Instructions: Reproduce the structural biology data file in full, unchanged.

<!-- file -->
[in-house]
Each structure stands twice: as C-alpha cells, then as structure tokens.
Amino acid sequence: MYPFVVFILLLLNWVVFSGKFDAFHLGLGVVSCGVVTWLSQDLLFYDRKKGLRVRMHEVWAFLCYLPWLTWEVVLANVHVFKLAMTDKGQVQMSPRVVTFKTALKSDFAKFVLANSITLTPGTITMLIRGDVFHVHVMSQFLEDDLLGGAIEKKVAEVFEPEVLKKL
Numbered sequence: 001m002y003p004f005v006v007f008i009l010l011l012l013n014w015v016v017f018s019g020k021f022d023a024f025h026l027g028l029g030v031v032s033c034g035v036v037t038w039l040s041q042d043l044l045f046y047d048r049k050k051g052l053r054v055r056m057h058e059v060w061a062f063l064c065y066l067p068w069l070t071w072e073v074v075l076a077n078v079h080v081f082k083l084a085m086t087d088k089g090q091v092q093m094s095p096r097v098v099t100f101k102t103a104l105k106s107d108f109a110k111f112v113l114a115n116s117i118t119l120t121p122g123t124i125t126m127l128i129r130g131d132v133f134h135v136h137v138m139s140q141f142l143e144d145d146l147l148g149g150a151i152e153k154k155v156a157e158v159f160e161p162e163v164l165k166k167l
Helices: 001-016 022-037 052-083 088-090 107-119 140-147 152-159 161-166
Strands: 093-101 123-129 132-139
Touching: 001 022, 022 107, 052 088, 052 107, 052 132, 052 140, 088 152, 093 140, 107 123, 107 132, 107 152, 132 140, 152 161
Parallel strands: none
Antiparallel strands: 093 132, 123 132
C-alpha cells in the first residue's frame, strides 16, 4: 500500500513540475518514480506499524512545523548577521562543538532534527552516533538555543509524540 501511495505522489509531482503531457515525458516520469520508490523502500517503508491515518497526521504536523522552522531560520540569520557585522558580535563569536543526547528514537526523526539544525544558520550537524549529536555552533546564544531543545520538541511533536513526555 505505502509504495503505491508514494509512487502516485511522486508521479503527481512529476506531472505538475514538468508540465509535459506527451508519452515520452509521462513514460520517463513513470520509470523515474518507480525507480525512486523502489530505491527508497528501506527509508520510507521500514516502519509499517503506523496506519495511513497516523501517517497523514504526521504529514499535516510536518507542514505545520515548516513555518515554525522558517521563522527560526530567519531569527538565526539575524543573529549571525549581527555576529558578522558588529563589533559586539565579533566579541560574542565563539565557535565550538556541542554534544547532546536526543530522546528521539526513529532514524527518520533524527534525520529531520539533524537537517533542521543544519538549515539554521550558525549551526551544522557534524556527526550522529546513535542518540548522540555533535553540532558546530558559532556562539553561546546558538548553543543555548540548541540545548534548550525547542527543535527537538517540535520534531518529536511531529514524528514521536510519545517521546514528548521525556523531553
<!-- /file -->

[in-house]
Each structure stands twice: as C-alpha cells, then as structure tokens.
Amino acid sequence: MYPFVVFILLLLNWVVFSGKFDAFHLGLGVVSCGVVTWLSQDLLFYDRKKGLRVRMHEVWAFLCYLPWLTWEVVLANVHVFKLAMTDKGQVQMSPRVVTFKTALKSDFAKFVLANSITLTPGTITMLIRGDVFHVHVMSQFLEDDLLGGAIEKKVAEVFEPEVLKKL
Numbered sequence: 001m002y003p004f005v006v007f008i009l010l011l012l013n014w015v016v017f018s019g020k021f022d023a024f025h026l027g028l029g030v031v032s033c034g035v036v037t038w039l040s041q042d043l044l045f046y047d048r049k050k051g052l053r054v055r056m057h058e059v060w061a062f063l064c065y066l067p068w069l070t071w072e073v074v075l076a077n078v079h080v081f082k083l084a085m086t087d088k089g090q091v092q093m094s095p096r097v098v099t100f101k102t103a104l105k106s107d108f109a110k111f112v113l114a115n116s117i118t119l120t121p122g123t124i125t126m127l128i129r130g131d132v133f134h135v136h137v138m139s140q141f142l143e144d145d146l147l148g149g150a151i152e153k154k155v156a157e158v159f160e161p162e163v164l165k166k167l
Helices: 001-016 022-037 052-083 088-090 107-119 140-147 152-159 161-166
Strands: 093-101 123-129 132-139
Touching: 001 022, 022 107, 052 088, 052 107, 052 132, 052 140, 088 152, 093 140, 107 123, 107 132, 107 152, 132 140, 152 161
Parallel strands: none
Antiparallel strands: 093 132, 123 132
C-alpha cells in the first residue's frame, strides 16, 4: 500500500513540475518514480506499524512545523548577521562543538532534527552516533538555543509524540 501511495505522489509531482503531457515525458516520469520508490523502500517503508491515518497526521504536523522552522531560520540569520557585522558580535563569536543526547528514537526523526539544525544558520550537524549529536555552533546564544531543545520538541511533536513526555 505505502509504495503505491508514494509512487502516485511522486508521479503527481512529476506531472505538475514538468508540465509535459506527451508519452515520452509521462513514460520517463513513470520509470523515474518507480525507480525512486523502489530505491527508497528501506527509508520510507521500514516502519509499517503506523496506519495511513497516523501517517497523514504526521504529514499535516510536518507542514505545520515548516513555518515554525522558517521563522527560526530567519531569527538565526539575524543573529549571525549581527555576529558578522558588529563589533559586539565579533566579541560574542565563539565557535565550538556541542554534544547532546536526543530522546528521539526513529532514524527518520533524527534525520529531520539533524537537517533542521543544519538549515539554521550558525549551526551544522557534524556527526550522529546513535542518540548522540555533535553540532558546530558559532556562539553561546546558538548553543543555548540548541540545548534548550525547542527543535527537538517540535520534531518529536511531529514524528514521536510519545517521546514528548521525556523531553